Global Witness has been fighting the fight to bring fairness and equality in resource rich third world nations.
We've all seen the stories of corrupted warlords and "presidents for life" living in opulence while millions of impoverished citizens fight for basic human needs.
But as co-founder Charmian Gooch points out, what drives this inequality and poverty is too often a series of opaque shell organizations enriching first world corporations. And they'll do anything to keep people from finding out their actions:
For further information about this story, download the Global Witness briefing: Shell’s obscure payments kill its case for weak US and EU transparency laws[..]
Shell is at the forefront of an aggressive lobby effort to critically weaken new U.S transparency laws which require oil, gas and mining companies to publish the payments they make to governments on a project-by-project basis. Shell is also involved in the intensive industry lobby campaign against moves to create similar legislation for European extractive industry companies.[..]
Policy-makers and regulators must not cave in to pressure to remove the requirement for extractive companies to publish project-level payments. It is only through project-by-project disclosure that citizens can become aware of such payments, enabling them to hold their governments to account. Given that there is no discretionary ability for U.S regulators to remove project-level reporting from the U.S law, European policy-makers interested in ensuring a level playing field, must ignore big oil’s scare-tactics and ensure European law also requires disclosure down to the project level.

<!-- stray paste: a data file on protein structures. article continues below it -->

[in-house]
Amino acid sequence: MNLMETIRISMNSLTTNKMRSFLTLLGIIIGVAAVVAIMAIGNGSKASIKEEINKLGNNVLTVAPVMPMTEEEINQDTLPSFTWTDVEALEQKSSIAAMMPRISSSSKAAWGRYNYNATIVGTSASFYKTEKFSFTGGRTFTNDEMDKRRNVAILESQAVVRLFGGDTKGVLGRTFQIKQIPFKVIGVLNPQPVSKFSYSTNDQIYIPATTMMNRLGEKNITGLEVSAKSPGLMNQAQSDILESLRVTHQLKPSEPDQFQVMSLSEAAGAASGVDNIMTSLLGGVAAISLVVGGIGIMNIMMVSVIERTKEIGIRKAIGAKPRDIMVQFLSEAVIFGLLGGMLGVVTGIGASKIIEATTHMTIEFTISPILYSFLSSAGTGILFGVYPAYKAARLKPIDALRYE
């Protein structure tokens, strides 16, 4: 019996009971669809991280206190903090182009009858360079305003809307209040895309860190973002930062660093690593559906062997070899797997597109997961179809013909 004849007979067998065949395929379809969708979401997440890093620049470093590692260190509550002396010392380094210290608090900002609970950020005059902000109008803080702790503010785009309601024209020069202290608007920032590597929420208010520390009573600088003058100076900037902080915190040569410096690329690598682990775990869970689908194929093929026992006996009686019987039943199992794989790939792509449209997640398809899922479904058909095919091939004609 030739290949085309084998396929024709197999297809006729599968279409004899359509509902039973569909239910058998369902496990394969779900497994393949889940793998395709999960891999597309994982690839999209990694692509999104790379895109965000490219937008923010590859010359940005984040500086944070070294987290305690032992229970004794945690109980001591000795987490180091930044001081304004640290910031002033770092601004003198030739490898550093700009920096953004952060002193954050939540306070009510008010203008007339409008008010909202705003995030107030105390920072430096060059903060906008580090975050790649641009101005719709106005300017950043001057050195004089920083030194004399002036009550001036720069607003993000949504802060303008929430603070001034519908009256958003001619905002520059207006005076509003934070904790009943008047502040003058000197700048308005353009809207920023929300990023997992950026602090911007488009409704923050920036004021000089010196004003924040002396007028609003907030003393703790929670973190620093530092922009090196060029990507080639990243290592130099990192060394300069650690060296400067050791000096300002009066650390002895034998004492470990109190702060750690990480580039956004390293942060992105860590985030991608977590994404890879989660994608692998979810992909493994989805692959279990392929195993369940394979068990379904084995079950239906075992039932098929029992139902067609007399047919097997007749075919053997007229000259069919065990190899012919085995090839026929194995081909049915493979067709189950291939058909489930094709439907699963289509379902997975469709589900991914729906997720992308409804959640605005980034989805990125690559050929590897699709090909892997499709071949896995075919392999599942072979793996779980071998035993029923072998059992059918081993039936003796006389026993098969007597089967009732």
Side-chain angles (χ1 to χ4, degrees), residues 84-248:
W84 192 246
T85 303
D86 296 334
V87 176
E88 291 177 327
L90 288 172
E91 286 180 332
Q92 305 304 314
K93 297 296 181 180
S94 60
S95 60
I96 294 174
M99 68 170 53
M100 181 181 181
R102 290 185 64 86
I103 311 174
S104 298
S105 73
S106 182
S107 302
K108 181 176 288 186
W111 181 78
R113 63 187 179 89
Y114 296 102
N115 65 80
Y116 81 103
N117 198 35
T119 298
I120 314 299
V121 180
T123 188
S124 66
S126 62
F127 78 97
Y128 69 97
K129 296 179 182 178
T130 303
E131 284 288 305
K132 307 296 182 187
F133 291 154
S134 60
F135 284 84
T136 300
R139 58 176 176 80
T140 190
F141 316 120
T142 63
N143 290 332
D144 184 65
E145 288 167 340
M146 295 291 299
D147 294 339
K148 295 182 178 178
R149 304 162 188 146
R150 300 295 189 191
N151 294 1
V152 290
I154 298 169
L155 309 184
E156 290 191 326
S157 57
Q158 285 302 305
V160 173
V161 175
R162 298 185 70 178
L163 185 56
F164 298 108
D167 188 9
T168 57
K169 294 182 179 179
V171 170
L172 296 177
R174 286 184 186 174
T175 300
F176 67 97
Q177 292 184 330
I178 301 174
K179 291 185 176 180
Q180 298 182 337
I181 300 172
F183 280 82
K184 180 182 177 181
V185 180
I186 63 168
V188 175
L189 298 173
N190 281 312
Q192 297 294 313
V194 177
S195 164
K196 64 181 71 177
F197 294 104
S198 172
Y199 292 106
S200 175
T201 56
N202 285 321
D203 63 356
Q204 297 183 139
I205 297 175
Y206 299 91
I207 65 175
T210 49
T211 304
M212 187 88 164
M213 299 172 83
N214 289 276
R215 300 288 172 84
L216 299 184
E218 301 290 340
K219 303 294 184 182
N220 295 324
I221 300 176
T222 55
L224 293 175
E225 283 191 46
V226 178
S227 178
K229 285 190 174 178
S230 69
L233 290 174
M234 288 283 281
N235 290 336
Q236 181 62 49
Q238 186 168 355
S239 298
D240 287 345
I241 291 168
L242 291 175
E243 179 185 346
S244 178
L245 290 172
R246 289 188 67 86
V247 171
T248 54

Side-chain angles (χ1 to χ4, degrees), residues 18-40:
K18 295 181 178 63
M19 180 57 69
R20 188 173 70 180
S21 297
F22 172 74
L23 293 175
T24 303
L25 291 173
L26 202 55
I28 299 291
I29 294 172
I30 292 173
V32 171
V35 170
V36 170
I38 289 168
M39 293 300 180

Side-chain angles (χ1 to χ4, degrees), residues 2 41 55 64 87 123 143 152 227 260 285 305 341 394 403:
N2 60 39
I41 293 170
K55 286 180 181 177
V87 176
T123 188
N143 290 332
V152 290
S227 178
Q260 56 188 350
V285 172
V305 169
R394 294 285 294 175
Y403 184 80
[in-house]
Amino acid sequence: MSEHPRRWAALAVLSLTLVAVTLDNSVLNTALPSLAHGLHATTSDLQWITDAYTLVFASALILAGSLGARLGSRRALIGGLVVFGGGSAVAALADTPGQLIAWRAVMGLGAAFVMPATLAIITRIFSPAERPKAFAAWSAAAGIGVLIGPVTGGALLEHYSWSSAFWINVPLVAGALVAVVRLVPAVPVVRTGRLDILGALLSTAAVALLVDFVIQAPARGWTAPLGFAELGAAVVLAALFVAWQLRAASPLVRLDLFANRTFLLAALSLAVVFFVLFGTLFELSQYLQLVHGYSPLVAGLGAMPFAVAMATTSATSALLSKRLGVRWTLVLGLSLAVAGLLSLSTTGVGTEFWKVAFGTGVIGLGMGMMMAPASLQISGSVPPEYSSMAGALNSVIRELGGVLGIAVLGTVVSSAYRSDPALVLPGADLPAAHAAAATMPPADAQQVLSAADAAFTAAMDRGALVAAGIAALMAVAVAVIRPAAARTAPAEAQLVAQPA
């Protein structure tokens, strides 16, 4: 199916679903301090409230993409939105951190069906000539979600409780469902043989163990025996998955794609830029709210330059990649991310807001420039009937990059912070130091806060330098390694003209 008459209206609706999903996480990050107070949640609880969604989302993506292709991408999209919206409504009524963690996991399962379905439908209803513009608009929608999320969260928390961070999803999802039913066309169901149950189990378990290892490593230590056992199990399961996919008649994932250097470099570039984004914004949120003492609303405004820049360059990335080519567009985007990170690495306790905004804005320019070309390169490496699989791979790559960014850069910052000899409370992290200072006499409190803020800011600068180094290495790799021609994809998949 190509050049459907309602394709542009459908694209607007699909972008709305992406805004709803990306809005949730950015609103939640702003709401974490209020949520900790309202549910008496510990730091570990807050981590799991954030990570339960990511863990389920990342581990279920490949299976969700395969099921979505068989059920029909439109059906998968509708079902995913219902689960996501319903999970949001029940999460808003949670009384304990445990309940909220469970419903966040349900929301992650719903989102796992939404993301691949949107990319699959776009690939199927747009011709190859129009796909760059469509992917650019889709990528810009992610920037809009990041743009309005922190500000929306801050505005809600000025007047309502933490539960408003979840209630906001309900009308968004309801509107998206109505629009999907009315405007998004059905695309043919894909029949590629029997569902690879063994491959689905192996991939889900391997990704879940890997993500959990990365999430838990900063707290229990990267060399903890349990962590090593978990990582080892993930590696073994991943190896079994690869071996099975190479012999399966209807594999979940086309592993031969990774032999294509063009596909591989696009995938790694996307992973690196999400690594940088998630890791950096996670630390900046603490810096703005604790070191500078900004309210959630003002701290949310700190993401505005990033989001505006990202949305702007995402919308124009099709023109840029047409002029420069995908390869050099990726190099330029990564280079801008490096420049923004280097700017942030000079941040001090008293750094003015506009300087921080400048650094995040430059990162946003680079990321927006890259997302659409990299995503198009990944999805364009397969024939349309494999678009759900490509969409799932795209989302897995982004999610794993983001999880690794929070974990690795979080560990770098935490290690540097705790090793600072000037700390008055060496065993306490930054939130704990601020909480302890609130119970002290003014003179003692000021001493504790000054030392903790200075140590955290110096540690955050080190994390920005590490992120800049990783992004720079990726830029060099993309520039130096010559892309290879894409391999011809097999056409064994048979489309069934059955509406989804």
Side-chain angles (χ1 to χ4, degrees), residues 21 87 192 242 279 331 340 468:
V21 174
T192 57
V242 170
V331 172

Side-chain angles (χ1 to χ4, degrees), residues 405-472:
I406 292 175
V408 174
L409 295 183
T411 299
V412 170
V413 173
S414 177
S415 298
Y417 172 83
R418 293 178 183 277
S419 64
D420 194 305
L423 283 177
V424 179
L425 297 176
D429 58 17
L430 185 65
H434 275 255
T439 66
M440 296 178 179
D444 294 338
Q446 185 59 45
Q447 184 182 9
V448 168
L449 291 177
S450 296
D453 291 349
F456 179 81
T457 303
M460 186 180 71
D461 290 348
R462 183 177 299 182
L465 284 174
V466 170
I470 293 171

“If Shell and others have their way, far from creating effective transparency, these new laws could end-up aiding and abetting state looting by enabling payments to be hidden at the project level,” continued O’Donnell.
Global Witness is calling for:
- Shell and ENI to publish full details about the arrangements they undertook to acquire OPL 245
- Stop lobbying to weaken transparency requirements in the U.S, EU and elsewhere. This must include a divorce from the American Petroleum Institute’s (API) threat to sue the Securities and Exchange Commission (SEC) should it come out with a rule consistent with the spirit of the Congress that wrote the law.
- Policy-makers in Europe, together with the Commissioners of the U.S SEC must ensure that project-by-project disclosure remains a key part of the U.S and European extractive industry transparency laws.
- Regulators to ensure that there are no provisions for countries to be exempt from the legislation as this would create a massive loophole, allowing corrupt regimes to pass blocking laws in their home countries – in effect, a ‘dictators’ charter’.